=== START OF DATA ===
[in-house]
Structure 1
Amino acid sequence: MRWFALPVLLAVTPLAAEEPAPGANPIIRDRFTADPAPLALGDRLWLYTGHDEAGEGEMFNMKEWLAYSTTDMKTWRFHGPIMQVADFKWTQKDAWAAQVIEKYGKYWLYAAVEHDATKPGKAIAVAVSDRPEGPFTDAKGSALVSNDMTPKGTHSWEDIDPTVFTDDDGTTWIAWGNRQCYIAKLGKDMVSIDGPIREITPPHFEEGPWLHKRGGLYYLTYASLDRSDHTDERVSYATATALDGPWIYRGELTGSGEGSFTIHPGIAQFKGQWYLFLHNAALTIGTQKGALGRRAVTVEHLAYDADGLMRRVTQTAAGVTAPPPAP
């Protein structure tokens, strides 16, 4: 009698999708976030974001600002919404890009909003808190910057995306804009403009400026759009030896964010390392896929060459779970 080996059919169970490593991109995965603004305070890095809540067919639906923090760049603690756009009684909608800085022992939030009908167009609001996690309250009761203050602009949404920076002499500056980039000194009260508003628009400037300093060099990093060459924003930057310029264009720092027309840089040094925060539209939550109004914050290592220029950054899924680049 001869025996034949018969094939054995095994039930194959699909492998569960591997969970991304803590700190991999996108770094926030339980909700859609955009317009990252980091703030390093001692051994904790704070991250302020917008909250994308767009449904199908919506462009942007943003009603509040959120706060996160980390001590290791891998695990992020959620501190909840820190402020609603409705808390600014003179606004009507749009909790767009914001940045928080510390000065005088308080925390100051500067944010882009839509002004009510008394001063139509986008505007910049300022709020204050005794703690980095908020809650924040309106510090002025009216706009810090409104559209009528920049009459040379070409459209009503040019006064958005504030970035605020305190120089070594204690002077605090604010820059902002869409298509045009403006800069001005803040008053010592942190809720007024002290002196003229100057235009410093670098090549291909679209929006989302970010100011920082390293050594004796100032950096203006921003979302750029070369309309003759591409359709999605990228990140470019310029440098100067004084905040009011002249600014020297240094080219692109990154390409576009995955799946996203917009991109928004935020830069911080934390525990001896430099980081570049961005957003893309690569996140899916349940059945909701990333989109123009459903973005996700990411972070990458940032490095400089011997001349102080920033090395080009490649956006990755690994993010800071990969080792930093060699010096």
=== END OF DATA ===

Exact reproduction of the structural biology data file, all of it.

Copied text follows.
[in-house]
Structure 1
Amino acid sequence: MRWFALPVLLAVTPLAAEEPAPGANPIIRDRFTADPAPLALGDRLWLYTGHDEAGEGEMFNMKEWLAYSTTDMKTWRFHGPIMQVADFKWTQKDAWAAQVIEKYGKYWLYAAVEHDATKPGKAIAVAVSDRPEGPFTDAKGSALVSNDMTPKGTHSWEDIDPTVFTDDDGTTWIAWGNRQCYIAKLGKDMVSIDGPIREITPPHFEEGPWLHKRGGLYYLTYASLDRSDHTDERVSYATATALDGPWIYRGELTGSGEGSFTIHPGIAQFKGQWYLFLHNAALTIGTQKGALGRRAVTVEHLAYDADGLMRRVTQTAAGVTAPPPAP
């Protein structure tokens, strides 16, 4: 009698999708976030974001600002919404890009909003808190910057995306804009403009400026759009030896964010390392896929060459779970 080996059919169970490593991109995965603004305070890095809540067919639906923090760049603690756009009684909608800085022992939030009908167009609001996690309250009761203050602009949404920076002499500056980039000194009260508003628009400037300093060099990093060459924003930057310029264009720092027309840089040094925060539209939550109004914050290592220029950054899924680049 001869025996034949018969094939054995095994039930194959699909492998569960591997969970991304803590700190991999996108770094926030339980909700859609955009317009990252980091703030390093001692051994904790704070991250302020917008909250994308767009449904199908919506462009942007943003009603509040959120706060996160980390001590290791891998695990992020959620501190909840820190402020609603409705808390600014003179606004009507749009909790767009914001940045928080510390000065005088308080925390100051500067944010882009839509002004009510008394001063139509986008505007910049300022709020204050005794703690980095908020809650924040309106510090002025009216706009810090409104559209009528920049009459040379070409459209009503040019006064958005504030970035605020305190120089070594204690002077605090604010820059902002869409298509045009403006800069001005803040008053010592942190809720007024002290002196003229100057235009410093670098090549291909679209929006989302970010100011920082390293050594004796100032950096203006921003979302750029070369309309003759591409359709999605990228990140470019310029440098100067004084905040009011002249600014020297240094080219692109990154390409576009995955799946996203917009991109928004935020830069911080934390525990001896430099980081570049961005957003893309690569996140899916349940059945909701990333989109123009459903973005996700990411972070990458940032490095400089011997001349102080920033090395080009490649956006990755690994993010800071990969080792930093060699010096």